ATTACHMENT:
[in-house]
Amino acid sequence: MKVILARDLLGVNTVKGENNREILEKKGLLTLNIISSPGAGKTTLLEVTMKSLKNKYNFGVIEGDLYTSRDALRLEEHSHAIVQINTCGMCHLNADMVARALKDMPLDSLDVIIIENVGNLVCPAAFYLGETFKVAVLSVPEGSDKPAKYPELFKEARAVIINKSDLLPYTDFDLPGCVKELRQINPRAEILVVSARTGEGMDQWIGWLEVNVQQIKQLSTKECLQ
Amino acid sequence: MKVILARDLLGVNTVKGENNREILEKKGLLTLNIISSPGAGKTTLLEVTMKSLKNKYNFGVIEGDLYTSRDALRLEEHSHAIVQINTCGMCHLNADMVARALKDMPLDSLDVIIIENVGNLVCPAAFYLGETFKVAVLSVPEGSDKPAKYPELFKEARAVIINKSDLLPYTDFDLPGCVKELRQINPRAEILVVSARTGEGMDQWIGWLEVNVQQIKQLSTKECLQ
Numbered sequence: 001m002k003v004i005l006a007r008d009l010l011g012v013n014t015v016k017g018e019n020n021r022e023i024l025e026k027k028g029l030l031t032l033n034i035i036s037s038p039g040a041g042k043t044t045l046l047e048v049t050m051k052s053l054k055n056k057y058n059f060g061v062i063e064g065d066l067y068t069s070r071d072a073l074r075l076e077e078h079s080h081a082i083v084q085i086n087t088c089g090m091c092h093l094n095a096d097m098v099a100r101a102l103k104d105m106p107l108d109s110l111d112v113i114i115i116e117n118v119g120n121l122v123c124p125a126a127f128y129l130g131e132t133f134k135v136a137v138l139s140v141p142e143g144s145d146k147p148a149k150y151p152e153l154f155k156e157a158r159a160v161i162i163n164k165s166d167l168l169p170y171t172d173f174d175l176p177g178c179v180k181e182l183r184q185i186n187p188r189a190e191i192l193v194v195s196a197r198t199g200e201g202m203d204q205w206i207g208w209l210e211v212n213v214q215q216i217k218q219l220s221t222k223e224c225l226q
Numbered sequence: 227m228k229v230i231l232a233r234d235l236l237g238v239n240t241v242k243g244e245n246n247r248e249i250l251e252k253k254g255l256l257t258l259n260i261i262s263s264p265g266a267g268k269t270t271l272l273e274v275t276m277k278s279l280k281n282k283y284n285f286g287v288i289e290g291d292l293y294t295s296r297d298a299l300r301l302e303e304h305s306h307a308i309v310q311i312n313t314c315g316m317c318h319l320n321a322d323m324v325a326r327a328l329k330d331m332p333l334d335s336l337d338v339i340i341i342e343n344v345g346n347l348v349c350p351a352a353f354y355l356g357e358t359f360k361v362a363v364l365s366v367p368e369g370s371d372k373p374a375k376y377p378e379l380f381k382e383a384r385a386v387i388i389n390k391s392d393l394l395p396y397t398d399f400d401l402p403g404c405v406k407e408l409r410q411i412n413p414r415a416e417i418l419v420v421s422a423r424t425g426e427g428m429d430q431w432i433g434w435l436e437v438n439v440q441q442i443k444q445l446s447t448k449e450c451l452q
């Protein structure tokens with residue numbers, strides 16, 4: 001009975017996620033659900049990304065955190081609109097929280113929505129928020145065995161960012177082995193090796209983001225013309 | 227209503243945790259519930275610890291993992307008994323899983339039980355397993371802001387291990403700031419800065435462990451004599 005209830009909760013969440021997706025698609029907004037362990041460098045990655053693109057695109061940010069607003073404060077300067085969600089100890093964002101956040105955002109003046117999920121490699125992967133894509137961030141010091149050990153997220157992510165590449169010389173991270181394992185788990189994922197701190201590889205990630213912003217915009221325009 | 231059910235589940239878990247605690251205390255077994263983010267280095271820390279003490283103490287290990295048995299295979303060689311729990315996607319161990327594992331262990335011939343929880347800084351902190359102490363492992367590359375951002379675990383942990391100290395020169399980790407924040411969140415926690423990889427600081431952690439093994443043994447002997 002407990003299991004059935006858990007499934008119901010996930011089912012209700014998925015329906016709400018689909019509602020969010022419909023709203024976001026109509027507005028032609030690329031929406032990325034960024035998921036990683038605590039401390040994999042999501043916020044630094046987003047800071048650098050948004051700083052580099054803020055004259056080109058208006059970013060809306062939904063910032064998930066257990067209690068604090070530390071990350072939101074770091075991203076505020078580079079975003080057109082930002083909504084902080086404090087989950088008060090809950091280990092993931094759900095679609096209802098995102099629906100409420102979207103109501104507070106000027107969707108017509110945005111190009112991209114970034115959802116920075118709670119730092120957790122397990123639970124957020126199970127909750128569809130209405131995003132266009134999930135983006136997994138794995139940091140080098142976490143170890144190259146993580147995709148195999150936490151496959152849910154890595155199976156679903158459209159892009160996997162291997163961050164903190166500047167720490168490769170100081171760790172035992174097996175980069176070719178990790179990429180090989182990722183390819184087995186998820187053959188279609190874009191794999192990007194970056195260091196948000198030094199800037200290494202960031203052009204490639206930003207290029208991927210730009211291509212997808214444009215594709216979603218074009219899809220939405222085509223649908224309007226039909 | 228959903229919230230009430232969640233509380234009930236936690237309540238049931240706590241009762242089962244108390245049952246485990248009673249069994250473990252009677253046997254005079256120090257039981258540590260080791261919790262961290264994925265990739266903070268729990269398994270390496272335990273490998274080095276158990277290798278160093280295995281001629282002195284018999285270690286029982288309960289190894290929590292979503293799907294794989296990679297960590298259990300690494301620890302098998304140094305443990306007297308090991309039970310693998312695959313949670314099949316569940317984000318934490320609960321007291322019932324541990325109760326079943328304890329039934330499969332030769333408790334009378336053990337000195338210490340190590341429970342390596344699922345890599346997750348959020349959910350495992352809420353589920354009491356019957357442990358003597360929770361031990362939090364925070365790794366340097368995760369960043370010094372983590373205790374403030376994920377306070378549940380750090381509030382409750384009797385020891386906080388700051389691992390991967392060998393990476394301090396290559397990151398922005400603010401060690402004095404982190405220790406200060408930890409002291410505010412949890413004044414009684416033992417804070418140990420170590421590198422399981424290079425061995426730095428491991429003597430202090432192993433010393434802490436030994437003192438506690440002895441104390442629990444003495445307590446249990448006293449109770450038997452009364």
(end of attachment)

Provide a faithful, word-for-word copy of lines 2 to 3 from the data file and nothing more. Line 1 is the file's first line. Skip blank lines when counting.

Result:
Amino acid sequence: MKVILARDLLGVNTVKGENNREILEKKGLLTLNIISSPGAGKTTLLEVTMKSLKNKYNFGVIEGDLYTSRDALRLEEHSHAIVQINTCGMCHLNADMVARALKDMPLDSLDVIIIENVGNLVCPAAFYLGETFKVAVLSVPEGSDKPAKYPELFKEARAVIINKSDLLPYTDFDLPGCVKELRQINPRAEILVVSARTGEGMDQWIGWLEVNVQQIKQLSTKECLQ
Amino acid sequence: MKVILARDLLGVNTVKGENNREILEKKGLLTLNIISSPGAGKTTLLEVTMKSLKNKYNFGVIEGDLYTSRDALRLEEHSHAIVQINTCGMCHLNADMVARALKDMPLDSLDVIIIENVGNLVCPAAFYLGETFKVAVLSVPEGSDKPAKYPELFKEARAVIINKSDLLPYTDFDLPGCVKELRQINPRAEILVVSARTGEGMDQWIGWLEVNVQQIKQLSTKECLQ